I was due to travel out of the country that Thursday and although I had planned to stay in Jaji after my last paper on Wednesday to take in the sights, after that meeting, I found myself making plans to leave. Thus, after my presentation on Wednesday, I set forth. I was not alone. The College authorities were gracious enough to arrange a military escort to lead us to Abuja as the Kaduna Airport had been shut. I doubt that I had ever travelled with so many armed men in the same vehicle. Getting out onto the highway, one was quick to note that Kaduna was in a lockdown the like of which I had not witnessed since the March 2000 religious riots. Bodies littered the streets and there was a particularly gory sight at a checkpoint near the gates of the Army 1st Division with a writhing body with wounds in a military vehicle and a couple of youth being whiplashed and frog-marched. I am sure my colleague, Opeyemi Agbaje, was as relieved as I was when we eventually got to the airport in Abuja.
Jaji came back into my recollection with the suicide bombings of last Sunday. This time it was the military cantonment itself that was the target of suicide bombers, or even more ominously, a religious worship centre. The immediate thought that occurred to me on hearing the news was: What if there are reprisals at the Jumat service? It then occurred to me that while we were being ferried off to Kaduna on that June day, none of us entertained any doubts that we were in safe hands. Are we likely to be heading for that day when, similarly circumstanced, it would matter what faith the man escorting you professed or what language he spoke?
When national institutions such as the military become the theatre of contests, things can get very messy indeed as the ensuing wars are no longer impersonal. I was not old enough to know what happened in 1966 and 1967 but those who were tell of strange and gory things happening in the army barracks, especially in Abeokuta and Ikeja in those days. There is really an eerie feeling about while we all carry on as though we were in a trance. As we continue to share allocations and purchase our private jets and play games with subsidy money and jet out on expensive holidays, a huge battle is raging for control of the Nigerian state. I get a sense that we are being baited towards a denouement of sorts and that the attack on Jaji is meant to raise the ante.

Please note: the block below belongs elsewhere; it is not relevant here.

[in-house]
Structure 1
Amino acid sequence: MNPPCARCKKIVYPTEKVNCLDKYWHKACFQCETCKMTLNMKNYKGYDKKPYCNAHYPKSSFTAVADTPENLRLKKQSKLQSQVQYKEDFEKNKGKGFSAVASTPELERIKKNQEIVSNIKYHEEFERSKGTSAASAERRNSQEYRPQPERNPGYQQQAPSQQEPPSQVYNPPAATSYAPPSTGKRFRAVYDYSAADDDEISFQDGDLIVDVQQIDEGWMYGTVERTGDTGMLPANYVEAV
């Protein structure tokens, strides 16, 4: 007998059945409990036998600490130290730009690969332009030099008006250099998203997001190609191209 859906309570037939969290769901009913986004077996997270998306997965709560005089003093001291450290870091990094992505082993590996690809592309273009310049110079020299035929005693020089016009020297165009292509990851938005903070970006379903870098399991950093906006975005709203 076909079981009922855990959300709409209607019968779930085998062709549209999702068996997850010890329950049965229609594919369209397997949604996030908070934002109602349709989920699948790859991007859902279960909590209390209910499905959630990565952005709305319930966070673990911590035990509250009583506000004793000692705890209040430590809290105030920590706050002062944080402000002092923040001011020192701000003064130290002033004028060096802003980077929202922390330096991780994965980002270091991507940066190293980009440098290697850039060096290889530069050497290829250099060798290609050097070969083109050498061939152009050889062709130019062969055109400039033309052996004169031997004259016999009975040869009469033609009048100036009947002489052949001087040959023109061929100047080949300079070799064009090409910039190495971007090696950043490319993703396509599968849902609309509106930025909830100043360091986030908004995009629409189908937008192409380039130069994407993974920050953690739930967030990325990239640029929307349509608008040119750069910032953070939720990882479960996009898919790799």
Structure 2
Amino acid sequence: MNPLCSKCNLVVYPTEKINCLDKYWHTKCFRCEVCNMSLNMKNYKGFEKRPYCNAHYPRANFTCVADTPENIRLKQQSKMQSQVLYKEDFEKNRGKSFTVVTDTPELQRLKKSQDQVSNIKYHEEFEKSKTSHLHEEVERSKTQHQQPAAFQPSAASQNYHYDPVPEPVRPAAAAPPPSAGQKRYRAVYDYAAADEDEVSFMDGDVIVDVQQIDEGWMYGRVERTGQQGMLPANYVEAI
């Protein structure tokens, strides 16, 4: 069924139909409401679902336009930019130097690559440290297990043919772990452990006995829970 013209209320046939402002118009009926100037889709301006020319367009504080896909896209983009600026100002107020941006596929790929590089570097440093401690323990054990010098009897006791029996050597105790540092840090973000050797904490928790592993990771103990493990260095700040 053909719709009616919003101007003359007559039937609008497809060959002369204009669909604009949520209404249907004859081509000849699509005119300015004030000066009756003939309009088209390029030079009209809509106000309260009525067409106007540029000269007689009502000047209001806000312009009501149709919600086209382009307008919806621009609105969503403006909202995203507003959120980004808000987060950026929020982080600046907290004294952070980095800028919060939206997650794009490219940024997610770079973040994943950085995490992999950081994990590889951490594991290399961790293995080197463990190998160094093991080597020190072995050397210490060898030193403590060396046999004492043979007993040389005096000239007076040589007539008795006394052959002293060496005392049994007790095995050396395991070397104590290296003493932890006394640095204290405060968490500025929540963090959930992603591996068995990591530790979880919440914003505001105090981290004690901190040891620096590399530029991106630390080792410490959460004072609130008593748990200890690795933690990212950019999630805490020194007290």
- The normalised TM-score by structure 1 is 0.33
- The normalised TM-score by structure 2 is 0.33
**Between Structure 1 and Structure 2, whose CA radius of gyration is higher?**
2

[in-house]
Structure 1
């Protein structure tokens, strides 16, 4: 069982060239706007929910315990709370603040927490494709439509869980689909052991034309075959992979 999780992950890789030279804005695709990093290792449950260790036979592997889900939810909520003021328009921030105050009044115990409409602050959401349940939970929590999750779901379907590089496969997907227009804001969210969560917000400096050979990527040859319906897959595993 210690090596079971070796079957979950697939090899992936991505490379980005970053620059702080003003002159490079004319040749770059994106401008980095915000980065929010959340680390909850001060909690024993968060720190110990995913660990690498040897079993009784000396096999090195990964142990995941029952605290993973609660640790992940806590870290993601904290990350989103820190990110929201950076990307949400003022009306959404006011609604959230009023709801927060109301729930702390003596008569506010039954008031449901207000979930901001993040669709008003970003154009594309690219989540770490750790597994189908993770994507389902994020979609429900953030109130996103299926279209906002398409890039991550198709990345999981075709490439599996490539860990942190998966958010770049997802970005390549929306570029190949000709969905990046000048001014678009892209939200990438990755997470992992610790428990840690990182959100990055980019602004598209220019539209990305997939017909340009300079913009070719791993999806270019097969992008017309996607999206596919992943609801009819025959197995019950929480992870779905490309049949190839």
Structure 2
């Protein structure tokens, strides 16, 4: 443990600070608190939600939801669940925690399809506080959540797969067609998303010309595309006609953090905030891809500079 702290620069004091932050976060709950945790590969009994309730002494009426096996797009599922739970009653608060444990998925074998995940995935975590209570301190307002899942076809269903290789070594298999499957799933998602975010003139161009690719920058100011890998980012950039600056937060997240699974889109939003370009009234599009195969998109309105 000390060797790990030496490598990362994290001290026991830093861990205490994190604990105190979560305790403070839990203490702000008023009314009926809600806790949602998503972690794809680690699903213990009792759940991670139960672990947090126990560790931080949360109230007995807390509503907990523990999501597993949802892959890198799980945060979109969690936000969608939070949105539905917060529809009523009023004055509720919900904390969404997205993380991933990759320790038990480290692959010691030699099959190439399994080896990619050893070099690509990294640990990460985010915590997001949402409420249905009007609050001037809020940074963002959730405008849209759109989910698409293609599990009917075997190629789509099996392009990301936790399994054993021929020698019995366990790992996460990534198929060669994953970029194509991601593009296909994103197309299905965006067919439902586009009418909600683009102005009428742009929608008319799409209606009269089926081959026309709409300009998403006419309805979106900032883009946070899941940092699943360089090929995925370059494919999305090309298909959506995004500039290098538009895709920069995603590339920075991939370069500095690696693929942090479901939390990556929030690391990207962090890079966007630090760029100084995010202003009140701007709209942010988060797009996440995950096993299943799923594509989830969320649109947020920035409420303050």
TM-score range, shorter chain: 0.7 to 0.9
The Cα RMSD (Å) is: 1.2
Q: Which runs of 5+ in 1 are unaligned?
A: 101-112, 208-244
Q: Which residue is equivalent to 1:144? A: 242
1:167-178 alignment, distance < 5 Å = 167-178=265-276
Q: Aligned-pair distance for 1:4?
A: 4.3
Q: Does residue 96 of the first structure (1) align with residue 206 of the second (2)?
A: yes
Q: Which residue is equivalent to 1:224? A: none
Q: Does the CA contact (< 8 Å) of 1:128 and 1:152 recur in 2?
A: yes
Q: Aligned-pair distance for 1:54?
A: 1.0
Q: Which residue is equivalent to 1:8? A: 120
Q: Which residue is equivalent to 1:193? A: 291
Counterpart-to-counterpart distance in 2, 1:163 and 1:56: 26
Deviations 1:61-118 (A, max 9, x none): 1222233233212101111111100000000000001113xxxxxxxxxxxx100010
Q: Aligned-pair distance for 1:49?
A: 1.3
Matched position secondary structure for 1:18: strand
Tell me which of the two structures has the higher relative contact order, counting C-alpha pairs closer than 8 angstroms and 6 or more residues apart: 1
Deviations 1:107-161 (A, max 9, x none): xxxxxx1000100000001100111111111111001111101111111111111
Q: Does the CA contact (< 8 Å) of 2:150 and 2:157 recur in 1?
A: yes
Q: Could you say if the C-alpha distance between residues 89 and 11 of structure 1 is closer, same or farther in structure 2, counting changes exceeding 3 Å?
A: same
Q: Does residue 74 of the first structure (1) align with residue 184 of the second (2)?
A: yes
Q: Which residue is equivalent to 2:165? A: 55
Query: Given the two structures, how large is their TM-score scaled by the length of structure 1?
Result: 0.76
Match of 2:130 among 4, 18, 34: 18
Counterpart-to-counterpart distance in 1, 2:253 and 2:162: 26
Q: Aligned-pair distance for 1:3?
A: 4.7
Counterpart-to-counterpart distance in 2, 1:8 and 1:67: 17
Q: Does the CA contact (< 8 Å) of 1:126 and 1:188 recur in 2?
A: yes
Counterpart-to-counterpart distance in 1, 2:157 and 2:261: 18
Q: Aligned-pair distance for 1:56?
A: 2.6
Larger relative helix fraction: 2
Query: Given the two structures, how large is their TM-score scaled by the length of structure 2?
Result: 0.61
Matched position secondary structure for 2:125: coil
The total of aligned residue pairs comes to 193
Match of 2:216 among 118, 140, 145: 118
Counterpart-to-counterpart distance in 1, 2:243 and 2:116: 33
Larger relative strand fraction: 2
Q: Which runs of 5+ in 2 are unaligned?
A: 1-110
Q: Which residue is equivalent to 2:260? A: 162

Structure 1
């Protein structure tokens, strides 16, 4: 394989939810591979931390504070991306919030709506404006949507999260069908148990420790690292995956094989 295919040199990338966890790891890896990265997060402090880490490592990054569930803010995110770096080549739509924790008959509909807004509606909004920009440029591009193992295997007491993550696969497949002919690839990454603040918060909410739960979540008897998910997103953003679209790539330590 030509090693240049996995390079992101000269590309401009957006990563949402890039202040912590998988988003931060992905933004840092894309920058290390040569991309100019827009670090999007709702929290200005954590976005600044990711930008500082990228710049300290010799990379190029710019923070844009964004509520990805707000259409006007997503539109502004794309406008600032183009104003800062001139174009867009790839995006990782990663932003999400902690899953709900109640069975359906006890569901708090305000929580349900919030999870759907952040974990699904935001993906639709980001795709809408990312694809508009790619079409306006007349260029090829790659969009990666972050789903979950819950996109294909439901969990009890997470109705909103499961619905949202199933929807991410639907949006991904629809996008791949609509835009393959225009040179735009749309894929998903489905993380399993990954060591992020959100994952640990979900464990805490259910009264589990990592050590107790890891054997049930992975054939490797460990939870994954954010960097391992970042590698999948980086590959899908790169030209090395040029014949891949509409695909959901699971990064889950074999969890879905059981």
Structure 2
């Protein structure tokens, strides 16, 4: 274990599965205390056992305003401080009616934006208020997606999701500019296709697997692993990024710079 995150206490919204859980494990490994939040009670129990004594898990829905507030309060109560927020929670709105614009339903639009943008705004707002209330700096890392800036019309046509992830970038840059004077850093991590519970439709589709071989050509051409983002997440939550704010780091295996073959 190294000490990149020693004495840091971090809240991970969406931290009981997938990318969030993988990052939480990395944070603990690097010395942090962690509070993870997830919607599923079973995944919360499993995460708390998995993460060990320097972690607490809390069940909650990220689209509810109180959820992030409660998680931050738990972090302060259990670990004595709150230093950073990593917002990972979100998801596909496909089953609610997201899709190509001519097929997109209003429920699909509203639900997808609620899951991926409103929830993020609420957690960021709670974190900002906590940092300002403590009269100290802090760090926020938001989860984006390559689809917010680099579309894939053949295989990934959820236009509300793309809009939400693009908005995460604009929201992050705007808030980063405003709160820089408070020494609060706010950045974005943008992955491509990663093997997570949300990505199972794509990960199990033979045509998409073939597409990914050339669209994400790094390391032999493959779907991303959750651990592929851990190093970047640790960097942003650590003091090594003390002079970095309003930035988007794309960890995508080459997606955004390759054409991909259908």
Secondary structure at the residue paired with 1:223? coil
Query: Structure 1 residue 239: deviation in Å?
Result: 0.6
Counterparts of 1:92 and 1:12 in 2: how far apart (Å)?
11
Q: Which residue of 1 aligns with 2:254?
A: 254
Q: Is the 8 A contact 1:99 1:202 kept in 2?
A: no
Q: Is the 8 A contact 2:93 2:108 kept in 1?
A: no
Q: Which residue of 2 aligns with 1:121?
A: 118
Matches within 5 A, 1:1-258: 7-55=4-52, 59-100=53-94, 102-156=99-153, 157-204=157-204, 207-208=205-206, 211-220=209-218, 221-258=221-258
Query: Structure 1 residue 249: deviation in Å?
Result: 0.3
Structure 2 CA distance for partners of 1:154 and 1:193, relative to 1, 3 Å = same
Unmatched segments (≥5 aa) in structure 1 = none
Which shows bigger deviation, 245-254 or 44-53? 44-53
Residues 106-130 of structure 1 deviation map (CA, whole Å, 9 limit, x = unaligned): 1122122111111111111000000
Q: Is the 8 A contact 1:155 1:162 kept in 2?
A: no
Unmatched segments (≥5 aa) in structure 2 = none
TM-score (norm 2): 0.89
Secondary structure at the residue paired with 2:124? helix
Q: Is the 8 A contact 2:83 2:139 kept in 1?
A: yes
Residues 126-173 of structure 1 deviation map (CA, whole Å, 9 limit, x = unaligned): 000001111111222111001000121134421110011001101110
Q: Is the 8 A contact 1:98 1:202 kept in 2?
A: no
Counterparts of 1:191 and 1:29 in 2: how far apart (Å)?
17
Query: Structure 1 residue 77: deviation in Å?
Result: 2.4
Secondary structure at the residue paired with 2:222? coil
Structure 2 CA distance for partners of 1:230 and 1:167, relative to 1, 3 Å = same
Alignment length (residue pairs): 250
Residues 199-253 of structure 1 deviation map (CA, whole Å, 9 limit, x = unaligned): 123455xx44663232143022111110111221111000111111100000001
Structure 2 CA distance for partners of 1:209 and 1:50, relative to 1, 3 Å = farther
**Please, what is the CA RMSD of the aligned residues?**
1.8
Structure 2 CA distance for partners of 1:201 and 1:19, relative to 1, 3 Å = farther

The Chinese poet Li Xian once warned that "Thunder erupts amidst silence". As we continue to work and pray for the downfall of our political enemies and busily strategize over whether the 2015 elections produce an Ijaw president or a Kanuri or a Fulani or an Igbo and, life seemingly goes on. But let us be warned that there may be some people, some place pushing for a theocratic reconstruction of the Nigerian state where that question may no longer matter. And for those who may think they are on top of the game as sponsors and puppeteers of the on-going violence, let them ponder the fate that befell Americans who sponsored and armed the Afghan mujahedeen. For after all is said and done, Osama bin Laden was a creation of US policy in the final battles with the Soviet Union. We must all beware of the law of unintended consequences. Anyone who had seen footage of the last moments of Romanian dictator Nicolae Ceausescu and his wife Elena before their summary execution would know that when some battles are joined, no one - not even the most powerful - has any control over the outcome. We all need to beware lest we find ourselves taking a medication that could turn out to be a lot worse than the ailment.
Samuel is a Visiting Fellow at University of London's Institute of Commonwealth Studies.